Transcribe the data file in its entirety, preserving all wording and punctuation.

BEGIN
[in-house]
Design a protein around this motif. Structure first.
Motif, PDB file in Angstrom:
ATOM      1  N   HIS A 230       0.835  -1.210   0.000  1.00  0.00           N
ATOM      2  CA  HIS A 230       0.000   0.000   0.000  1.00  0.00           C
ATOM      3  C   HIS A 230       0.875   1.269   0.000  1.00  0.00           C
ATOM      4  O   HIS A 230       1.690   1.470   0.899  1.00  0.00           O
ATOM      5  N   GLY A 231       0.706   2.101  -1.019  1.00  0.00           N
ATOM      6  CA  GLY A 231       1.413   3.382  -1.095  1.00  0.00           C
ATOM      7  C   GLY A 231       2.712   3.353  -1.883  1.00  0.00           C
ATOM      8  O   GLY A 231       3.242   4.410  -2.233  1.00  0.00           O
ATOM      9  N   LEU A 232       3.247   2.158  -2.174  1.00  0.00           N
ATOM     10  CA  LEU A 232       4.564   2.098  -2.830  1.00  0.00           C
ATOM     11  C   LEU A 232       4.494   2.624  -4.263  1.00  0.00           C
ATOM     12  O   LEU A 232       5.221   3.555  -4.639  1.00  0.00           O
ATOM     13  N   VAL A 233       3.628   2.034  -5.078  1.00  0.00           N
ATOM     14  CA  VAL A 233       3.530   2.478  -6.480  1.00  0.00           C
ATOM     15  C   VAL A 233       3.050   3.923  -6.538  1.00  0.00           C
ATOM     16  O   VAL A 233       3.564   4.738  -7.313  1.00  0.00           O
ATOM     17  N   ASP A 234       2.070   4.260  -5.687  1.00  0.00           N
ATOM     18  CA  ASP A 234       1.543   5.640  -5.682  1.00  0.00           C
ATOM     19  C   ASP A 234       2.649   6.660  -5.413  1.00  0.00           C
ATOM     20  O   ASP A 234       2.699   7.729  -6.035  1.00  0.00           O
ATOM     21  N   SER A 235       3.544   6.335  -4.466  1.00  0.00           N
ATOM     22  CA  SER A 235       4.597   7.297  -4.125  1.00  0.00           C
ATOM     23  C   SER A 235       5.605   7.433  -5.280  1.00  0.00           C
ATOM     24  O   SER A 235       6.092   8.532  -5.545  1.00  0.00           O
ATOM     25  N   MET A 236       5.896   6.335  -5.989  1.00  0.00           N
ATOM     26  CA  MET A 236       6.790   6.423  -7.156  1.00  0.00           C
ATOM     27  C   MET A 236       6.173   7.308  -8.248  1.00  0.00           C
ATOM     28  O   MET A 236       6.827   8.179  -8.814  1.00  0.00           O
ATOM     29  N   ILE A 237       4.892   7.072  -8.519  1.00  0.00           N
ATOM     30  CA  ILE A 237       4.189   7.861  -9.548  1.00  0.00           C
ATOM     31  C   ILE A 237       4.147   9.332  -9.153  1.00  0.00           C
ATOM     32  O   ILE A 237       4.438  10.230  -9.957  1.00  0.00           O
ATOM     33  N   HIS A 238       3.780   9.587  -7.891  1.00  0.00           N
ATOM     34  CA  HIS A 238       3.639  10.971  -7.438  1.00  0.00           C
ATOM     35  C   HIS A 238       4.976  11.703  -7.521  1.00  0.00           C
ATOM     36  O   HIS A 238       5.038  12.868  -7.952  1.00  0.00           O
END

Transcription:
[in-house]
Design a protein around this motif. Structure first.
Motif, PDB file in Angstrom:
ATOM      1  N   HIS A 230       0.835  -1.210   0.000  1.00  0.00           N
ATOM      2  CA  HIS A 230       0.000   0.000   0.000  1.00  0.00           C
ATOM      3  C   HIS A 230       0.875   1.269   0.000  1.00  0.00           C
ATOM      4  O   HIS A 230       1.690   1.470   0.899  1.00  0.00           O
ATOM      5  N   GLY A 231       0.706   2.101  -1.019  1.00  0.00           N
ATOM      6  CA  GLY A 231       1.413   3.382  -1.095  1.00  0.00           C
ATOM      7  C   GLY A 231       2.712   3.353  -1.883  1.00  0.00           C
ATOM      8  O   GLY A 231       3.242   4.410  -2.233  1.00  0.00           O
ATOM      9  N   LEU A 232       3.247   2.158  -2.174  1.00  0.00           N
ATOM     10  CA  LEU A 232       4.564   2.098  -2.830  1.00  0.00           C
ATOM     11  C   LEU A 232       4.494   2.624  -4.263  1.00  0.00           C
ATOM     12  O   LEU A 232       5.221   3.555  -4.639  1.00  0.00           O
ATOM     13  N   VAL A 233       3.628   2.034  -5.078  1.00  0.00           N
ATOM     14  CA  VAL A 233       3.530   2.478  -6.480  1.00  0.00           C
ATOM     15  C   VAL A 233       3.050   3.923  -6.538  1.00  0.00           C
ATOM     16  O   VAL A 233       3.564   4.738  -7.313  1.00  0.00           O
ATOM     17  N   ASP A 234       2.070   4.260  -5.687  1.00  0.00           N
ATOM     18  CA  ASP A 234       1.543   5.640  -5.682  1.00  0.00           C
ATOM     19  C   ASP A 234       2.649   6.660  -5.413  1.00  0.00           C
ATOM     20  O   ASP A 234       2.699   7.729  -6.035  1.00  0.00           O
ATOM     21  N   SER A 235       3.544   6.335  -4.466  1.00  0.00           N
ATOM     22  CA  SER A 235       4.597   7.297  -4.125  1.00  0.00           C
ATOM     23  C   SER A 235       5.605   7.433  -5.280  1.00  0.00           C
ATOM     24  O   SER A 235       6.092   8.532  -5.545  1.00  0.00           O
ATOM     25  N   MET A 236       5.896   6.335  -5.989  1.00  0.00           N
ATOM     26  CA  MET A 236       6.790   6.423  -7.156  1.00  0.00           C
ATOM     27  C   MET A 236       6.173   7.308  -8.248  1.00  0.00           C
ATOM     28  O   MET A 236       6.827   8.179  -8.814  1.00  0.00           O
ATOM     29  N   ILE A 237       4.892   7.072  -8.519  1.00  0.00           N
ATOM     30  CA  ILE A 237       4.189   7.861  -9.548  1.00  0.00           C
ATOM     31  C   ILE A 237       4.147   9.332  -9.153  1.00  0.00           C
ATOM     32  O   ILE A 237       4.438  10.230  -9.957  1.00  0.00           O
ATOM     33  N   HIS A 238       3.780   9.587  -7.891  1.00  0.00           N
ATOM     34  CA  HIS A 238       3.639  10.971  -7.438  1.00  0.00           C
ATOM     35  C   HIS A 238       4.976  11.703  -7.521  1.00  0.00           C
ATOM     36  O   HIS A 238       5.038  12.868  -7.952  1.00  0.00           O